Acute otorrhea is a common problem in children with tympanostomy tubes. We recently demonstrated that treatment with antibiotic-glucocorticoid eardrops is clinically superior to oral antibiotics and initial observation. The aim of this study was to assess the cost-effectiveness of these three common treatment strategies for this condition.
We performed an open-label pragmatic trial in which 230 children with acute uncomplicated tympanostomy-tube otorrhea were randomly allocated to receive 1 of 3 treatments: hydrocortisone-bacitracin-colistin eardrops, oral amoxicillin-clavulanate suspension, and initial observation (no assigned medication prescription to fill). Parents kept a daily diary capturing ear-related symptoms, health care resource use, and non–health care costs for 6 months. At 2 weeks and 6 months, the study doctor visited the children at home performing otoscopy. Using a societal perspective, treatment failure (otoscopic presence of otorrhea at 2 weeks) and number of days with otorrhea as reported in the daily diary were balanced against the costs.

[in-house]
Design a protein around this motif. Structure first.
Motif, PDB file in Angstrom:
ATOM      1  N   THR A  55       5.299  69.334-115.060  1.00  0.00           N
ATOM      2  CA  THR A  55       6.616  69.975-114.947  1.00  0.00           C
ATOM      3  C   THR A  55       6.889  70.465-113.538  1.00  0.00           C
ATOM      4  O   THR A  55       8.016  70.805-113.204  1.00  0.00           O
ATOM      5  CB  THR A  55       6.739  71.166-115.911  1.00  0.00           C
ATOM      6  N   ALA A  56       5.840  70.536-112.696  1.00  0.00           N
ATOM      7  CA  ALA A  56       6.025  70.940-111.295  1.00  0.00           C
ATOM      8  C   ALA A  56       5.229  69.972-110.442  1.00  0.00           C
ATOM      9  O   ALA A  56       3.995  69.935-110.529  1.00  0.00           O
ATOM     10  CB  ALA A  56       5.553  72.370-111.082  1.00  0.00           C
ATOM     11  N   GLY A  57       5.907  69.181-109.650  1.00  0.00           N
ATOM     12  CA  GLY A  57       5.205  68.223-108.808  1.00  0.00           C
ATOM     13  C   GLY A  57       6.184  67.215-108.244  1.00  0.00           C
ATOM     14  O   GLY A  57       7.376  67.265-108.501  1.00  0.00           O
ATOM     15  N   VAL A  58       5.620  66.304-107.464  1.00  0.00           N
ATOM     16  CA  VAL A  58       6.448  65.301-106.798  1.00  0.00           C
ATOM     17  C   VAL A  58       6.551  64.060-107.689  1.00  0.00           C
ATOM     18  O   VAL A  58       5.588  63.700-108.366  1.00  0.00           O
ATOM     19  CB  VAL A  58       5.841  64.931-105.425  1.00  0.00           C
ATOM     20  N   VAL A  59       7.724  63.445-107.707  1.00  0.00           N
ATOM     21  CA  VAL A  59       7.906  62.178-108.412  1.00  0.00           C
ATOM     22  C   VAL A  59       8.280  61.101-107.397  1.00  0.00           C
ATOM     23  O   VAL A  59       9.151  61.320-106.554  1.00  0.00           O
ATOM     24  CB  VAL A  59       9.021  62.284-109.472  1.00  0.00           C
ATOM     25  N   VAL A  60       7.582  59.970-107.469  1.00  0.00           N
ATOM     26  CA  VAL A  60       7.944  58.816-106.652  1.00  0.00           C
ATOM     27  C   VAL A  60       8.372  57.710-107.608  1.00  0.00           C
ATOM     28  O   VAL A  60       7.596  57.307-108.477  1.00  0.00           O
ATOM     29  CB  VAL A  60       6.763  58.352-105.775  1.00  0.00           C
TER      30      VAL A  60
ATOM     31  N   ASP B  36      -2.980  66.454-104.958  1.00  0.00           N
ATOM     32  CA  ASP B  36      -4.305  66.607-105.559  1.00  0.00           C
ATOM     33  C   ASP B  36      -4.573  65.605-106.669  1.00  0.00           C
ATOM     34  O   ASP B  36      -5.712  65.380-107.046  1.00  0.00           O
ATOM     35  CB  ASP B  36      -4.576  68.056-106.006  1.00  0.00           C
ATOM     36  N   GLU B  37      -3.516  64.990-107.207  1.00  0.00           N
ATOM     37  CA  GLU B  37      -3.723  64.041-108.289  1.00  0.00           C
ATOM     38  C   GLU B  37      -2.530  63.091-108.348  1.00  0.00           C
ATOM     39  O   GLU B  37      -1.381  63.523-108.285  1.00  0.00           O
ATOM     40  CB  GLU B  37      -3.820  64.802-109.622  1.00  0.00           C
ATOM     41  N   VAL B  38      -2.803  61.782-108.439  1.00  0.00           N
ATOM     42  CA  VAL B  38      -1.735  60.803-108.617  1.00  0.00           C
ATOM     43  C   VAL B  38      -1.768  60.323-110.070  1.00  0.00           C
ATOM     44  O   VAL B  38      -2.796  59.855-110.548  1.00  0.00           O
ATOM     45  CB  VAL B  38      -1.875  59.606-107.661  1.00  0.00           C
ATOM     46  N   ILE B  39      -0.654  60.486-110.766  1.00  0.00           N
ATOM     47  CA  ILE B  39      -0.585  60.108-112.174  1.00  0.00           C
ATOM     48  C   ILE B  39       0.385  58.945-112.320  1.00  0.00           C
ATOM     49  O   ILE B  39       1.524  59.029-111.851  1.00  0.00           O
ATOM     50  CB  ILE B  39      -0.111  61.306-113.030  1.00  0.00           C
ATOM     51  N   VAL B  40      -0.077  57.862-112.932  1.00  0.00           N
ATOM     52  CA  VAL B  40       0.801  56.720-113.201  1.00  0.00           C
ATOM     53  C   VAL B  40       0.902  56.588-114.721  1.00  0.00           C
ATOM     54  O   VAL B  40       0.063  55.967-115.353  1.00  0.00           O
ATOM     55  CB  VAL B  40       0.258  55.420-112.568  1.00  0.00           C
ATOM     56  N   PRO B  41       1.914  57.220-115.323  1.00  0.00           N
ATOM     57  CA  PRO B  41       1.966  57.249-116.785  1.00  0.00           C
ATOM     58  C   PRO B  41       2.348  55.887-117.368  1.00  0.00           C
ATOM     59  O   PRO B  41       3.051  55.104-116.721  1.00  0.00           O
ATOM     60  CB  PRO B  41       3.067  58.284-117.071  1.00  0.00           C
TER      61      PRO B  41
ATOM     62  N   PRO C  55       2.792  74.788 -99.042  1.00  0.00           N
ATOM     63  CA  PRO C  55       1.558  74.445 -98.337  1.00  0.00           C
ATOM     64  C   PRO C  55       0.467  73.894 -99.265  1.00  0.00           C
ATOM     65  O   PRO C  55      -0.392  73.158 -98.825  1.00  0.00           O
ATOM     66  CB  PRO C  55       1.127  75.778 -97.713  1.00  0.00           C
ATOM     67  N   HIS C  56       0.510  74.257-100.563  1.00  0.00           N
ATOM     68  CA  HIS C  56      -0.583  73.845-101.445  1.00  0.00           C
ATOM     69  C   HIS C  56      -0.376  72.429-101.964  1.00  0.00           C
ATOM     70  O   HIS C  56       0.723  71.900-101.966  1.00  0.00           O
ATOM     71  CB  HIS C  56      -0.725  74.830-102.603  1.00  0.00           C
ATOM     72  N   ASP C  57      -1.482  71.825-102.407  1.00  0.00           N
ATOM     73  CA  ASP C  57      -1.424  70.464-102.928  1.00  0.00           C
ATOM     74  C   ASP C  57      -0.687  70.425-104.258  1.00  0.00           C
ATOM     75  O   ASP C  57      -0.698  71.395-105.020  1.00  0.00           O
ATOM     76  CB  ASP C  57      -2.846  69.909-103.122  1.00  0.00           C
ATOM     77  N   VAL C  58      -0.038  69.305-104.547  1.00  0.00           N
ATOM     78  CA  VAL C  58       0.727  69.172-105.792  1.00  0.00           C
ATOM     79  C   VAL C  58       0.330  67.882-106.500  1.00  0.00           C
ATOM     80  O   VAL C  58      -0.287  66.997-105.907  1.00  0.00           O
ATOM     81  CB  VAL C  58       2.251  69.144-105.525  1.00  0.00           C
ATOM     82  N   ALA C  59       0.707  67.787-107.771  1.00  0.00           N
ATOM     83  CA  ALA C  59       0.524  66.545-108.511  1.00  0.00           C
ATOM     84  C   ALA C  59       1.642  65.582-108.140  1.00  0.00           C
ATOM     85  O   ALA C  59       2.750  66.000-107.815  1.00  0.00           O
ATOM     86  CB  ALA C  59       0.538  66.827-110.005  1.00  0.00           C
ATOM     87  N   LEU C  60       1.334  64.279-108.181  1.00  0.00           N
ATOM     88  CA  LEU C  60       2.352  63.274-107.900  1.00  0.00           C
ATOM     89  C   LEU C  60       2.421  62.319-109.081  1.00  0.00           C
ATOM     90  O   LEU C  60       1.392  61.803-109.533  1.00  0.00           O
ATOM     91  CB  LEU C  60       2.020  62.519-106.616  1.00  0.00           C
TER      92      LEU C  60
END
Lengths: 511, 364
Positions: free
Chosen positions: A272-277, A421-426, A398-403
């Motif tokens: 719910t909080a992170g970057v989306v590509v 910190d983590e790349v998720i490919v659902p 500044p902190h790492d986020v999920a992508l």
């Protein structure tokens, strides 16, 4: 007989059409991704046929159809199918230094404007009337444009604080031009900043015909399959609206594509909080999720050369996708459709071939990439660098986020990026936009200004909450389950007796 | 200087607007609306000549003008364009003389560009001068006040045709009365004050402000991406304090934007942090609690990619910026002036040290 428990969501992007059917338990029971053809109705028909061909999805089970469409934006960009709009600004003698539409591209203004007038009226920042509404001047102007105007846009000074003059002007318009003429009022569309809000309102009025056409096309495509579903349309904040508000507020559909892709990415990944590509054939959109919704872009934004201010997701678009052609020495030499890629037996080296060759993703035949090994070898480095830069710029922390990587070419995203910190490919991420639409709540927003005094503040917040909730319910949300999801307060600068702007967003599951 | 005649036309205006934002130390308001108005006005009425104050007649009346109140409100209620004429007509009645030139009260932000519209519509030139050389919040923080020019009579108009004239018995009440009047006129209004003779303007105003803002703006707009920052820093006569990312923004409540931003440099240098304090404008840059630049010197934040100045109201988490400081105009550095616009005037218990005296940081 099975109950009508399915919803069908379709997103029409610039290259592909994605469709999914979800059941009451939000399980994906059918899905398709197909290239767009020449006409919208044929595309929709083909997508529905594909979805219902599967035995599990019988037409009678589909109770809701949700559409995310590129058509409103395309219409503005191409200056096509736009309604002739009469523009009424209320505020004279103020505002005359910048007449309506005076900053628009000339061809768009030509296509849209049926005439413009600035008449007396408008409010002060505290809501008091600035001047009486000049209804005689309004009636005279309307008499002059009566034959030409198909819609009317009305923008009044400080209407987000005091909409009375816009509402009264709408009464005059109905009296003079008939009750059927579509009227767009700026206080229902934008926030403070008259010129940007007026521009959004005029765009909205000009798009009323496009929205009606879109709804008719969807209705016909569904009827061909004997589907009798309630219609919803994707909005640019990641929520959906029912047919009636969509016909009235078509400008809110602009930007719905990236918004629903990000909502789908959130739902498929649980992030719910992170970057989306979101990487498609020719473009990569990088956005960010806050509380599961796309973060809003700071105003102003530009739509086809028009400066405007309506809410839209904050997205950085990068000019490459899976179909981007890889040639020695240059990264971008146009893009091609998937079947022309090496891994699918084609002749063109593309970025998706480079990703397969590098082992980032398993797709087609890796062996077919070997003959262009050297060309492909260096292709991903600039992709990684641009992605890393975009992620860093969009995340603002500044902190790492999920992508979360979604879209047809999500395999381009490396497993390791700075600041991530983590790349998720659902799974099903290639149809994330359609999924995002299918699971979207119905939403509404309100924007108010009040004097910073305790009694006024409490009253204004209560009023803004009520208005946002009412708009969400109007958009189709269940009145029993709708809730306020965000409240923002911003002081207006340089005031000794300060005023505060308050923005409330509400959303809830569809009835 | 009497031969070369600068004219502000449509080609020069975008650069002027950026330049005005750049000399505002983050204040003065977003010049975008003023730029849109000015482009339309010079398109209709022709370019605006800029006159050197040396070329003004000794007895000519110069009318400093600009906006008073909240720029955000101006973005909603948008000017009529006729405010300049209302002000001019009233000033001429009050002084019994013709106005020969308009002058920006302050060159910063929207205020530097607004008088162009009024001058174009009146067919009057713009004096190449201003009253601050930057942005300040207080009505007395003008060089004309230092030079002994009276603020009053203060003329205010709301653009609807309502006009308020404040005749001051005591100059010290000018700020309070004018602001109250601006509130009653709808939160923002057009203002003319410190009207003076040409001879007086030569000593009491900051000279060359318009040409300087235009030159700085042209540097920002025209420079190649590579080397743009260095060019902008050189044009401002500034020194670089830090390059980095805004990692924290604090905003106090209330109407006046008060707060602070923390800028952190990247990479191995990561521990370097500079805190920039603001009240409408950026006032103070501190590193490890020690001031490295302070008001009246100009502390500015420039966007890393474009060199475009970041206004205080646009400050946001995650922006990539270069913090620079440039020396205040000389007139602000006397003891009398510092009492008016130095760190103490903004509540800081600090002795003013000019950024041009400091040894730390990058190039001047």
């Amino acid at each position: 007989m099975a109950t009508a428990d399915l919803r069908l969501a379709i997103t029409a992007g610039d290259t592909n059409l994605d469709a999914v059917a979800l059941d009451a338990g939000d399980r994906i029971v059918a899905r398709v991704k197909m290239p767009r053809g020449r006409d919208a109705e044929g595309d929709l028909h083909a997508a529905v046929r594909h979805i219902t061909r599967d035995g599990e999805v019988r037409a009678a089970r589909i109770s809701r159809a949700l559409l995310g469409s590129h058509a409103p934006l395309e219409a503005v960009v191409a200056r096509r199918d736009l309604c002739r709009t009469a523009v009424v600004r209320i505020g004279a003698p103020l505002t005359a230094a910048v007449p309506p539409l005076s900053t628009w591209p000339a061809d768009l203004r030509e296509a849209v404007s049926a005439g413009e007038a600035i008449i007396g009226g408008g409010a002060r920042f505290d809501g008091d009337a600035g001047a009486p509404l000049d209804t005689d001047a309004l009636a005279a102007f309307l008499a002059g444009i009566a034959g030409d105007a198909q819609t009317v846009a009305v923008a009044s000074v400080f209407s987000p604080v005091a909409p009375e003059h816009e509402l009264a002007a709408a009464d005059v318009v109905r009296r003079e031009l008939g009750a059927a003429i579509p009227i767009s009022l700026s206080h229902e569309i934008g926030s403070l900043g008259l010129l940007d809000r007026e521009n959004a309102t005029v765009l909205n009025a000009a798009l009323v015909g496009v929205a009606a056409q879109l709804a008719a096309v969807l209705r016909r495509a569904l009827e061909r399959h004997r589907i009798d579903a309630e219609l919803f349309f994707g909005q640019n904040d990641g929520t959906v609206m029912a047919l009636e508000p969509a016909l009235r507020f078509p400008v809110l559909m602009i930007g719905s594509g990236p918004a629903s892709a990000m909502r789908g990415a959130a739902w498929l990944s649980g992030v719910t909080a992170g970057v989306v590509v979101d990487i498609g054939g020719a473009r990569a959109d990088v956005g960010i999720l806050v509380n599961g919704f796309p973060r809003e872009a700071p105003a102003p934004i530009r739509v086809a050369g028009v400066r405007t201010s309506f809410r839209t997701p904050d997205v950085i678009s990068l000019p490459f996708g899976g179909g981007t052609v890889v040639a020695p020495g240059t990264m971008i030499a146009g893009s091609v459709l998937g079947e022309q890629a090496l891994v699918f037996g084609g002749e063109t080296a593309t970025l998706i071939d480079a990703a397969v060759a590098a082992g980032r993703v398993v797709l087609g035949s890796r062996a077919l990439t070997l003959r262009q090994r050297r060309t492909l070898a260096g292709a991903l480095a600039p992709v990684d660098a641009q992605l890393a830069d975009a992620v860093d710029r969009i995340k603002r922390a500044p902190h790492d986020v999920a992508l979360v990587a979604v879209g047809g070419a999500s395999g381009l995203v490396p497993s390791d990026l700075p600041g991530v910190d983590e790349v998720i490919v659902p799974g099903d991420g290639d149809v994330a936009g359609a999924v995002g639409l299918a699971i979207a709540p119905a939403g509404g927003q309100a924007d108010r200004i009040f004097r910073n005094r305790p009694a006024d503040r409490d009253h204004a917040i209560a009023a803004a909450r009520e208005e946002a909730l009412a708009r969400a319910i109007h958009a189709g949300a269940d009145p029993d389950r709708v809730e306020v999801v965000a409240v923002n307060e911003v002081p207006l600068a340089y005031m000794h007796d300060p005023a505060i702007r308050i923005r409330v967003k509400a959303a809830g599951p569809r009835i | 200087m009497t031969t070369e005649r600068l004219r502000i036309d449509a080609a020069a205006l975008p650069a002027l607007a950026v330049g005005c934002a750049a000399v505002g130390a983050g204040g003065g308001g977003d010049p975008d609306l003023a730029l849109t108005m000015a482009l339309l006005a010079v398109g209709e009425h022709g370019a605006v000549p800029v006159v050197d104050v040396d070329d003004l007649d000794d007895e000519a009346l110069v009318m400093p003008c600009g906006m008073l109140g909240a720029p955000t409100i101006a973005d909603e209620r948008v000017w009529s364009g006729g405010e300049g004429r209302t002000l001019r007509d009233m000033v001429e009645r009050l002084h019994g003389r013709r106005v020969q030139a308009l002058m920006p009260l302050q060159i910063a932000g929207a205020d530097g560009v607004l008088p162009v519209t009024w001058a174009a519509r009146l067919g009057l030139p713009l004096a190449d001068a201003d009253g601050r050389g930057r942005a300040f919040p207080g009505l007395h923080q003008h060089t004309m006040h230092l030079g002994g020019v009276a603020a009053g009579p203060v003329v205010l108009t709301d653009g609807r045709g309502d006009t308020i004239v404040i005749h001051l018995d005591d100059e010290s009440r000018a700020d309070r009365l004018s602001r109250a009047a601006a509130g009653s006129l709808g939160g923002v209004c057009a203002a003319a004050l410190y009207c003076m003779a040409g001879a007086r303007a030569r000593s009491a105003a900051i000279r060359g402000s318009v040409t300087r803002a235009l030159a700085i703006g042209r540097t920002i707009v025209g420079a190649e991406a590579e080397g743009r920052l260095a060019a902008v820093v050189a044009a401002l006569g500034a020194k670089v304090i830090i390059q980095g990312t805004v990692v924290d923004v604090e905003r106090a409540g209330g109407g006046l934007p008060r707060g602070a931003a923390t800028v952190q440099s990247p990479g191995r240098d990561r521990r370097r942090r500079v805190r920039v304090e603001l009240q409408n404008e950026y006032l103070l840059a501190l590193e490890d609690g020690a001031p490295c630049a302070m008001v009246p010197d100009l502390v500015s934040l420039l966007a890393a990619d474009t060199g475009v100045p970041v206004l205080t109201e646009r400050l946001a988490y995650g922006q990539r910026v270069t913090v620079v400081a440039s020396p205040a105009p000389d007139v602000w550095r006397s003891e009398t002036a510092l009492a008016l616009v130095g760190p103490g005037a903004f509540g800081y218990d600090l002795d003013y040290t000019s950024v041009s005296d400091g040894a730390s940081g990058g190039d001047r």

Antibiotic-glucocorticoid eardrops were clinically superior to oral antibiotics and initial observation both at 2 weeks and 6 months. At 2 weeks, mean total cost per patient was US$42.43 for antibiotic-glucocorticoid eardrops, US$70.60 for oral antibiotics, and US$82.03 for initial observation. At 6 months, mean total cost per patient was US$368.20, US$420.73, and US$640.44, respectively. Because of the dominance of eardrops, calculating incremental cost-effectiveness ratios was redundant.
Antibiotic-glucocorticoid eardrops are clinically superior and cost less than oral antibiotics and initial observation in children with tympanostomy tubes who develop otorrhea.